Resource allocation in self-replicative systems

Consider a very simple model for an open self-replicative system such as a cell, or an economy. A system $$\mathbf{S}$$ is comprised of two kinds of mass: one kind is $$\mathbf{S}_R$$ that is capable of of taking raw material that comes from outside the system, and converting it into components of the system, and the other is $$\mathbf{S}_O$$ that takes care of other things.

Think of $$\mathbf{S}_R$$ like factories and $$\mathbf{S}_O$$ like street sweepers. One part is creating new things and the other is doing maintenance on what already exists. The catch is, the material in $$\mathbf{S}_R$$ must not only make the rest of the system, but also itself!

Suppose that the materials in $$\mathbf{S}_R$$ and the materials in $$\mathbf{S}_O$$ cost the same amount of energy for $$\mathbf{S}_R$$ to make per unit amount. Suppose the material in $$\mathbf{S}_R$$ can convert raw material from the environment into system mass at the rate $$\gamma_R = 3 \mbox{ kg } \mathbf{S}/\mbox{hr}/\mbox{kg }\mathbf{S}_R$$. If the system doubles in size once every 2 $$\mbox{hrs}$$, what fraction of the material in $$\mathbf{S}$$ is devoted to $$\mathbf{S}_O?$$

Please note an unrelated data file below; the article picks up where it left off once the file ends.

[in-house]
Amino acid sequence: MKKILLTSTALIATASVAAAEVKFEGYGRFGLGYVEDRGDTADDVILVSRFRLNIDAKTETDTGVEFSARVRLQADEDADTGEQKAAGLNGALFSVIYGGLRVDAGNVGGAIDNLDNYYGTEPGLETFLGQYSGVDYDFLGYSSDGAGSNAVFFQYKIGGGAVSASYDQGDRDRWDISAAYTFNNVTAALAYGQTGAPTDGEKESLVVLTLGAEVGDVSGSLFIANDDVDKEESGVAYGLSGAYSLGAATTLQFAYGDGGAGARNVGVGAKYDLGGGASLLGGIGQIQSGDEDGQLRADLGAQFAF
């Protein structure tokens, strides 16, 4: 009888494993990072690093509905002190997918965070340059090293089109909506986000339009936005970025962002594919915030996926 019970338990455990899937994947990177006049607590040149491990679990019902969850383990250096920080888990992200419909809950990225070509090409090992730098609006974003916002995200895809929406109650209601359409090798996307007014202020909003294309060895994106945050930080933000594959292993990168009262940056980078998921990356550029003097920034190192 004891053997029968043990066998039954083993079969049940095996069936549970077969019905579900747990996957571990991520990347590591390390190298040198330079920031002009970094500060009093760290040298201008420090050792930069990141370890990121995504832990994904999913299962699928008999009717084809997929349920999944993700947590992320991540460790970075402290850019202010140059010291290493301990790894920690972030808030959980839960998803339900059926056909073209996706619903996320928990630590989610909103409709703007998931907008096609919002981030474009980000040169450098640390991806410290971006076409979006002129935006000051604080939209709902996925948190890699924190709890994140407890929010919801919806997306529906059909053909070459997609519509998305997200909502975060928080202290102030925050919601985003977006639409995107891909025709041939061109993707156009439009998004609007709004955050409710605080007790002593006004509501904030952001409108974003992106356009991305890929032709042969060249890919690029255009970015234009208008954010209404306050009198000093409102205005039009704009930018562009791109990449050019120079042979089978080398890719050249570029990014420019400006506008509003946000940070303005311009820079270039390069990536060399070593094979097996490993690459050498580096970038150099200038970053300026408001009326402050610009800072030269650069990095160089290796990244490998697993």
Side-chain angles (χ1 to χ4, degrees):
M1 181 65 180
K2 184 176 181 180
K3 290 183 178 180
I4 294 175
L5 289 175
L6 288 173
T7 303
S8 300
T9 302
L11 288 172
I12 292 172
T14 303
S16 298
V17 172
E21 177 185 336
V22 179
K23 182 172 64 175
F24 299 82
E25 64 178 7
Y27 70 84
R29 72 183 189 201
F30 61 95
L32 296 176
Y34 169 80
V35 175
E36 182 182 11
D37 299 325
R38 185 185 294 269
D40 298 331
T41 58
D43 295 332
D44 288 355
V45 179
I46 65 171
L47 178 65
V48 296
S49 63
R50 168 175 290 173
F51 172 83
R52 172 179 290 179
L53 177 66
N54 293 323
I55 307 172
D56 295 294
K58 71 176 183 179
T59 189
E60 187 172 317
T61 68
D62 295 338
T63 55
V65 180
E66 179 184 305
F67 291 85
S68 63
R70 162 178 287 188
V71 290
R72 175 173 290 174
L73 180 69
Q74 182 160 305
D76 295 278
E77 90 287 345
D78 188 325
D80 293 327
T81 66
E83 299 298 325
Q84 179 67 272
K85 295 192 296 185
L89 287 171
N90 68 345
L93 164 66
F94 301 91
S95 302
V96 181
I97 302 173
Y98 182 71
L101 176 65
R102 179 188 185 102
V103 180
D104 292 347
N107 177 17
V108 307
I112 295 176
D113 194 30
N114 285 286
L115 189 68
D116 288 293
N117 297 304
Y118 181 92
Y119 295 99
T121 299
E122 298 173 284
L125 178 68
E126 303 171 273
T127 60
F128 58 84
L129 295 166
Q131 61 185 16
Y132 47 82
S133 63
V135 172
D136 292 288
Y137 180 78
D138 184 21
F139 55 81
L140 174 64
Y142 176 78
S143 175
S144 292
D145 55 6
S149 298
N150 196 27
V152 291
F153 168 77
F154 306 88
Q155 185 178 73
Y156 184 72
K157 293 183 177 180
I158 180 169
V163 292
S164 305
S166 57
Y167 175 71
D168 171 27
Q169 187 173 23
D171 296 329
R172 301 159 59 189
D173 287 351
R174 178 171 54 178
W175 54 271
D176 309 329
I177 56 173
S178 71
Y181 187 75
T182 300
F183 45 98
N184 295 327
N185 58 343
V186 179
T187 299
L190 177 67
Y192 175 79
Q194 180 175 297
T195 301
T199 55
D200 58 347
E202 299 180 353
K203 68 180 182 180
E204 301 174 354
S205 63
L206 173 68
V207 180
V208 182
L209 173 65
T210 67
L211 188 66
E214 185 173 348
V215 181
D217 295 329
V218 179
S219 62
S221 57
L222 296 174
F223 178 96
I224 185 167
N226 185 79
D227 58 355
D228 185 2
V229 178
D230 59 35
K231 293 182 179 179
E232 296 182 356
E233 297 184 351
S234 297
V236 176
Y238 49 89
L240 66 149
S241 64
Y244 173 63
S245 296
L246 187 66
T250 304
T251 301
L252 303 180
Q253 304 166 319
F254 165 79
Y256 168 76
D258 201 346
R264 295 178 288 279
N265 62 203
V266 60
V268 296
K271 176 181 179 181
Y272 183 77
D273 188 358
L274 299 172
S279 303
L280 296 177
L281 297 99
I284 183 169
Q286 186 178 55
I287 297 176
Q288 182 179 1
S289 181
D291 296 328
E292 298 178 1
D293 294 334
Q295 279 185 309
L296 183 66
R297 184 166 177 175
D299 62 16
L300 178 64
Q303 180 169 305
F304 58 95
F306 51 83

Assumptions

• The fact that the system continuously doubles in size in a fixed time means that this system is in exponential growth, i.e. $$\dot{\mathbf{S}} = \lambda \mathbf{S}$$.
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